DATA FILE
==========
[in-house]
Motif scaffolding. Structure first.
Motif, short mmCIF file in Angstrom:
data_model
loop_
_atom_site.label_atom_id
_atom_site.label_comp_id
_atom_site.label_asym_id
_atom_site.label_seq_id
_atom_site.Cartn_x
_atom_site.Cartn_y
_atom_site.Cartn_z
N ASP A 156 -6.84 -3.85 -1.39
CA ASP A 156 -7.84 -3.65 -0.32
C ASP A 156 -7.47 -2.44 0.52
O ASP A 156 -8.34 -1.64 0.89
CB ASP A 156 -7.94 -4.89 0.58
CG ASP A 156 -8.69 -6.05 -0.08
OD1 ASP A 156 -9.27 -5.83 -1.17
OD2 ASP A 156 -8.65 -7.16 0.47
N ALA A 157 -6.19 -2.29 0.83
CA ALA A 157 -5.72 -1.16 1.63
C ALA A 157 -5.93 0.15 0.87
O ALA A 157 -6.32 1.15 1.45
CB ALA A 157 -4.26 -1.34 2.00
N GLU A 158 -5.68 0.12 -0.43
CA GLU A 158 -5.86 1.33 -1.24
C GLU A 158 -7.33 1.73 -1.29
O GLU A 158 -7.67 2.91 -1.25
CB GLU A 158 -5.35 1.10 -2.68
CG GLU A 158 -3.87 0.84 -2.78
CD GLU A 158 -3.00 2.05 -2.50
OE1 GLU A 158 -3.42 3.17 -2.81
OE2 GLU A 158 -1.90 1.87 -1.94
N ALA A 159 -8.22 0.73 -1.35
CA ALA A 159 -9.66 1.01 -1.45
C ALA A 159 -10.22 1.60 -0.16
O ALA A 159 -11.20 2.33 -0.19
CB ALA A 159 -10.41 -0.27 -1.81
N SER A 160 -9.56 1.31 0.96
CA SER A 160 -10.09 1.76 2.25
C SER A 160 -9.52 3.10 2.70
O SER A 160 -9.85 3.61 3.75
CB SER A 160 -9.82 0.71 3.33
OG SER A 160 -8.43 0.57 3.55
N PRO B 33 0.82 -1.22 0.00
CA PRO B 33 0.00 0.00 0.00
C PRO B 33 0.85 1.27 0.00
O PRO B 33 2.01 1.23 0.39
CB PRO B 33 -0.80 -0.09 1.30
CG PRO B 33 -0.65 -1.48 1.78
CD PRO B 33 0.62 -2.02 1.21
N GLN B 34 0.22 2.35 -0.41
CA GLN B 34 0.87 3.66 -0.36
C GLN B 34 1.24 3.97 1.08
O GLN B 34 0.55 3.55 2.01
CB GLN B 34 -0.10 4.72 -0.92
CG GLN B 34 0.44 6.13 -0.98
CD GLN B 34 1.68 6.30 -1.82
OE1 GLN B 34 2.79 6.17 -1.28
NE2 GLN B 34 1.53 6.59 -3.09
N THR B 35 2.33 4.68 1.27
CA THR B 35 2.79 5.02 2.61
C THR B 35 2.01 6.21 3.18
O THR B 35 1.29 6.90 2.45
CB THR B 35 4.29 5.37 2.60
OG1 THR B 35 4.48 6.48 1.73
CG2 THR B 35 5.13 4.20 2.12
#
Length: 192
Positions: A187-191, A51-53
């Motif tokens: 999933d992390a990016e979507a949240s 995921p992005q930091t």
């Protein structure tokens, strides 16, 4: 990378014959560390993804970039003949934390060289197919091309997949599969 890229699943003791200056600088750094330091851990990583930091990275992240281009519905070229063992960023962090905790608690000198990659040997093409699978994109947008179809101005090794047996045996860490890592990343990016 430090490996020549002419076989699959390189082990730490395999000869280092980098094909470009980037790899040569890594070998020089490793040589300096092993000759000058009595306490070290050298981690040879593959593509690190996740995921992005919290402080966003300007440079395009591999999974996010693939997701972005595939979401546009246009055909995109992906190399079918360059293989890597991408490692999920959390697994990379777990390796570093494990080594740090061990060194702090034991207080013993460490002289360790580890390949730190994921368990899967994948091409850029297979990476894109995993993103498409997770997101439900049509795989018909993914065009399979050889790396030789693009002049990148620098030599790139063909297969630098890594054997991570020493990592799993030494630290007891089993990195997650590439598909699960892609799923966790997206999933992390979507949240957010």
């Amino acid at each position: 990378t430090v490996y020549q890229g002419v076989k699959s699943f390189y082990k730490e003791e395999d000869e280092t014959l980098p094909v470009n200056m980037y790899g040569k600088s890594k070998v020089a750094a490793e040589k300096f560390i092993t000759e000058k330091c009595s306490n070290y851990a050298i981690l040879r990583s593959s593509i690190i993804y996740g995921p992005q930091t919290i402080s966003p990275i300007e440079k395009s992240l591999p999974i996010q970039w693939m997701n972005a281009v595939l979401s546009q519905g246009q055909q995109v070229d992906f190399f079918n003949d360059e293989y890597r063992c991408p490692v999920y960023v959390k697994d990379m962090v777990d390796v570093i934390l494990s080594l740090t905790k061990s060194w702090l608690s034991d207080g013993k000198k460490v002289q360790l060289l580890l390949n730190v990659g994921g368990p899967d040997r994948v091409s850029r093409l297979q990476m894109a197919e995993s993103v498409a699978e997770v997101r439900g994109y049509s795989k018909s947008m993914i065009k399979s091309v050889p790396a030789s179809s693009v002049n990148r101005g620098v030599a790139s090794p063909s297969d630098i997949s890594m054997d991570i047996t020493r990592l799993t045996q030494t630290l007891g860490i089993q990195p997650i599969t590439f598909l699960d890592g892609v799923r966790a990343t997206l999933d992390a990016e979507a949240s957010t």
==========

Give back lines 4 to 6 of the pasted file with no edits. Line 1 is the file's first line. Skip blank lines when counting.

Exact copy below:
data_model
loop_
_atom_site.label_atom_id